Dinger, the mascot for the Colorado Rockies, high-fived every player and most every coach who crossed home plate at Community Park.
The fun-loving purple dinosaur mascot playfully shook his hand as to mock the number of high-fives he handed out, but it was all in good spirit. He was having a good time as were the 36 teams, ranging from T-Ball up to the Majors, who took part in the end-of-season Ken-Caryl Little League celebration June 14.
“This is my favorite day of the year, and it’s the most hectic day of the year,” Ken-Caryl Little League President Andy Florence said. “The season is long; it’s hard. Every teams plays 19, 20 games. Emotions get into it sometimes, and it gets hard. But you come out here and see kids in their uniforms, and they’re smiling and laughing, and you realize this is what it’s really all about.”
A parade, a bouncy house, face-painting, food and, yes, baseball games. It was the culmination of a season that started three months ago with the first practice. Players received yearbooks, winning teams received trophies and parents and friends alike received cherished memories to last a lifetime.
“It’s an exciting day. I think it’s a really exciting day for the little ones,” said 12-year-old Jared Sharpe, who pitched a complete-game two-hitter for the Scrappers in a 4-1 win over the Volcanoes for the Major League championship. He walked two and struck out eight.
The championship games in the AA Minors, AAA Minors and Major Leagues were just a small part of the celebration, but they were important factors for the players involved.
“It was pretty scary, but I got through it. I think our whole team did really good,” Sharpe said.
Teammate Ben Bailey, who along with Sharpe scored all four of the Scrappers’ runs, was looking forward to playing for a championship.
“We had a lot of practices that were tiring. We had to put in a lot of energy and confidence into trying to make it to the championship,” the 12-year-old rising seventh-grader at Deer Creek Middle School said.
The Tigers topped the Orioles 8-1 in the AA Minor League finals, while the Bees stung the Blue Claws 5-2 in the AAA Minor League championship game. But the end-of-the-season celebration was more than about winning and losing. It’s rejoicing the past three months and for who the players and coaches have now become.
“That’s what Little League is all about. It’s not about who’s the best team, who’s winning. Our three mottos are courage, character and loyalty. We teach kids to be good sports. We teach kids to strive to do their best,” said John Manta, manager of the Major League Volcanoes. “We give a lot of awards to those that try the hardest. We don’t give a lot of awards for kids who are the best necessarily.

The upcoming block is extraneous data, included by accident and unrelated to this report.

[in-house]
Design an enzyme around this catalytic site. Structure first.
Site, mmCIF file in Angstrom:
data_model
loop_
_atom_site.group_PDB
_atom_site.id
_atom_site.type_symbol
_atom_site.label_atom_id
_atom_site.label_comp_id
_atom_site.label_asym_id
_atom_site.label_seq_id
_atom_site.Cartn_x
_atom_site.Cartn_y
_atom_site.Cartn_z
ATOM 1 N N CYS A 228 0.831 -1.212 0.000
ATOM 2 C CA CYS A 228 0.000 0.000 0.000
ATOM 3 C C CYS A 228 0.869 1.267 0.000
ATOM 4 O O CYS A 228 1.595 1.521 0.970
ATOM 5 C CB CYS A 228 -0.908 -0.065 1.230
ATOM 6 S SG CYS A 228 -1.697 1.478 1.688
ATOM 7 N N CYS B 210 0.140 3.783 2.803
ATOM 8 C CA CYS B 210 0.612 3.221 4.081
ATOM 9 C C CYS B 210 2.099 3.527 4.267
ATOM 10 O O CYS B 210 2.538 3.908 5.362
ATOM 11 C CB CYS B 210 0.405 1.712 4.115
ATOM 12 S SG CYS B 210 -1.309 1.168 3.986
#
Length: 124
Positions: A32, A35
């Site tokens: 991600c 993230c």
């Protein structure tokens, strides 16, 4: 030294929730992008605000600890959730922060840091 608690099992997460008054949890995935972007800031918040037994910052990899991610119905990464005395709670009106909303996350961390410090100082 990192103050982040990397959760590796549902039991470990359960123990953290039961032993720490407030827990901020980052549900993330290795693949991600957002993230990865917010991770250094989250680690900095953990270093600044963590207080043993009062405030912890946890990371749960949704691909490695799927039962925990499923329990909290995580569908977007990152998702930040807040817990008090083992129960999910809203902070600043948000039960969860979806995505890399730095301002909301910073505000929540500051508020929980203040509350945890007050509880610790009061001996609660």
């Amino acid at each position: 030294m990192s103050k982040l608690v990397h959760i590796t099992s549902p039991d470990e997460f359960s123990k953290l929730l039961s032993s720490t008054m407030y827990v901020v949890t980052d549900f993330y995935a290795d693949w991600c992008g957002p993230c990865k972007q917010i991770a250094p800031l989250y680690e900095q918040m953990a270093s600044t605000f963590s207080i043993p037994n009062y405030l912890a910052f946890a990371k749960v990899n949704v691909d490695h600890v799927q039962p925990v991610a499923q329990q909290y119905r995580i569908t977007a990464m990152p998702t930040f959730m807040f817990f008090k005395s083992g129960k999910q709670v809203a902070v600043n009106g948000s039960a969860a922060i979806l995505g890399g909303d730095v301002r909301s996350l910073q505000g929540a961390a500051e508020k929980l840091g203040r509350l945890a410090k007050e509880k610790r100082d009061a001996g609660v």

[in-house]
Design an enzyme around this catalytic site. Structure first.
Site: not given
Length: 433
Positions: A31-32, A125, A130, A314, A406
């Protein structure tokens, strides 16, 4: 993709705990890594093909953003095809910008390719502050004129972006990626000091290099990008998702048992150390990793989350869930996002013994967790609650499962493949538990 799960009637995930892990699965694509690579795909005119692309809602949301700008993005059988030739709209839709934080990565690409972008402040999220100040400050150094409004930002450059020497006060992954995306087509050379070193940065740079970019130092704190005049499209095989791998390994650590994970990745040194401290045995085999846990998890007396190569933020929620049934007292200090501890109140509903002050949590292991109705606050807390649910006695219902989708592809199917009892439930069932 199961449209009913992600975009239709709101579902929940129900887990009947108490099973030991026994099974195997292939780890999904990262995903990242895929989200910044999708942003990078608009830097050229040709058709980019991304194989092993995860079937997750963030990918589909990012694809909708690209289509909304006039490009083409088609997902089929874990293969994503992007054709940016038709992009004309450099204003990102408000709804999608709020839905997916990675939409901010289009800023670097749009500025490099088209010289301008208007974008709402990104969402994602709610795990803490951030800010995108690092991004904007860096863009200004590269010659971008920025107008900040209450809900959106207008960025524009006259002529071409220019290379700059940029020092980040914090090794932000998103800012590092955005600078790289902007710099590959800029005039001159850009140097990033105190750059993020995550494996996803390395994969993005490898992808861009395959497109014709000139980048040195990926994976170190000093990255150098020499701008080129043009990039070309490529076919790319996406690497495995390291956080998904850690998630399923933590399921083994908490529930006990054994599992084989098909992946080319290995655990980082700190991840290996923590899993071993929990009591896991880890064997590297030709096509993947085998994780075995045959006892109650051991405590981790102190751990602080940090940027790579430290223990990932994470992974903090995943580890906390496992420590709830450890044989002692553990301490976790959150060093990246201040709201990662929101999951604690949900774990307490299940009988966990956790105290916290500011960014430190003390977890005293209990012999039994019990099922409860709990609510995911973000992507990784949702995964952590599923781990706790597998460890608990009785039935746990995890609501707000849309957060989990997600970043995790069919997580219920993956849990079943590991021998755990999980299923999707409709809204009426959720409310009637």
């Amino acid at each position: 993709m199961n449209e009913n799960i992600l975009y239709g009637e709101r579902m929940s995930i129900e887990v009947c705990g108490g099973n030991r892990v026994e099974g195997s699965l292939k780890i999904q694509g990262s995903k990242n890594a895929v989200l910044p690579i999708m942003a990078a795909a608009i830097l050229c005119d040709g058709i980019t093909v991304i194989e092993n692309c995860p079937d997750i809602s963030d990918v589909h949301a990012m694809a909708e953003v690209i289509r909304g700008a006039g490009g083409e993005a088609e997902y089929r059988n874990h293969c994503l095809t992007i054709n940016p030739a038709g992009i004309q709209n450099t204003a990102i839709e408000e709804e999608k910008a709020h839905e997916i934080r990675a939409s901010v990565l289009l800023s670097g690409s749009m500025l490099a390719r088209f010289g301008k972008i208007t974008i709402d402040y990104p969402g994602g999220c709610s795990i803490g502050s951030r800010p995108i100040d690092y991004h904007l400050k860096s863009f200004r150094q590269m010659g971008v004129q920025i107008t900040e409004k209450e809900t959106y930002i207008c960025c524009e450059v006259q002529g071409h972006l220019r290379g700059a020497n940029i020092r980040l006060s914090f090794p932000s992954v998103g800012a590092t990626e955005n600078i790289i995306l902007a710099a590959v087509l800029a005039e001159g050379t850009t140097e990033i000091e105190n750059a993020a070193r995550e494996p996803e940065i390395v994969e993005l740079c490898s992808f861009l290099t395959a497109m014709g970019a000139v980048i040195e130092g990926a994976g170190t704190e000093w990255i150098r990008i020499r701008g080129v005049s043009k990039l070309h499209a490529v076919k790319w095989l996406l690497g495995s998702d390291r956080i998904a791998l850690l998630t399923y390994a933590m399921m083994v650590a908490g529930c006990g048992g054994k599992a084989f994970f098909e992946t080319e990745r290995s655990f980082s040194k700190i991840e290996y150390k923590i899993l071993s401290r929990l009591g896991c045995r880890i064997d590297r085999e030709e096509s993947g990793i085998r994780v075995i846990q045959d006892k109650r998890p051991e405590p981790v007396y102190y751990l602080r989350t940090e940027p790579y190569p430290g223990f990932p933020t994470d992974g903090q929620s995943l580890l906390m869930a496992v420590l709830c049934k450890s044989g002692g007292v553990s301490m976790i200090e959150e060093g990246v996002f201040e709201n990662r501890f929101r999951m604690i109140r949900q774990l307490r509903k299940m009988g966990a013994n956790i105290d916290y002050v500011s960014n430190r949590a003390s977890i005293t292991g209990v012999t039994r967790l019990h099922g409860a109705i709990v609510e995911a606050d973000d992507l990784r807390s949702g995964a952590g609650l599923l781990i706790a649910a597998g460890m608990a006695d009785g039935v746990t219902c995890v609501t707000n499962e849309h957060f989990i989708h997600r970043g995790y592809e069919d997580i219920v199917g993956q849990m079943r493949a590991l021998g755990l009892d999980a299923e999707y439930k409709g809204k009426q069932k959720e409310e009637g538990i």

“A lot of it is not just about getting better as baseball players, but being less afraid to bat, to play the tough positions. Most of our teams don’t fit kids at one position. They put them in their really scary position. They do that to build their character and to give them courage,” Manta said.
While the players are the ones reaping the most benefits from Little League, the coaches are learning just as much, maybe in some cases more, about themselves and their leadership abilities.
“We believe in that philosophy so much that we partner with the Positive Coaching Alliance. It’s not about winning. It’s striving to win,” Florence said. “The most important thing is teaching life lessons. We have all of our coaches go through this program. We want them to say, ‘Hey, at the end of the day, very few of these kids are going to make a living out of baseball.’ We’d be better served teaching these kids how to transfer this from the baseball field and to give them a great foundation for life.”
Approximately 500 people — players, league officials, parents, coaches and friends — attended the season-ending celebration, and Florence is quick to note that if not for those parents, league officials and volunteers, none of this would be feasible.
“It is a true community. It’s not me at all. I could not do this without the parents, volunteers and all their hours,” Florence said. “The board of directors has been fantastic. The parents stepped up to organize all of this. I just couldn’t do this without them. I put out a call for help and I always get help. We couldn’t do it without their help.”
Contact Michael Hicks at email@example.com or 303-933-2233, ext. 15.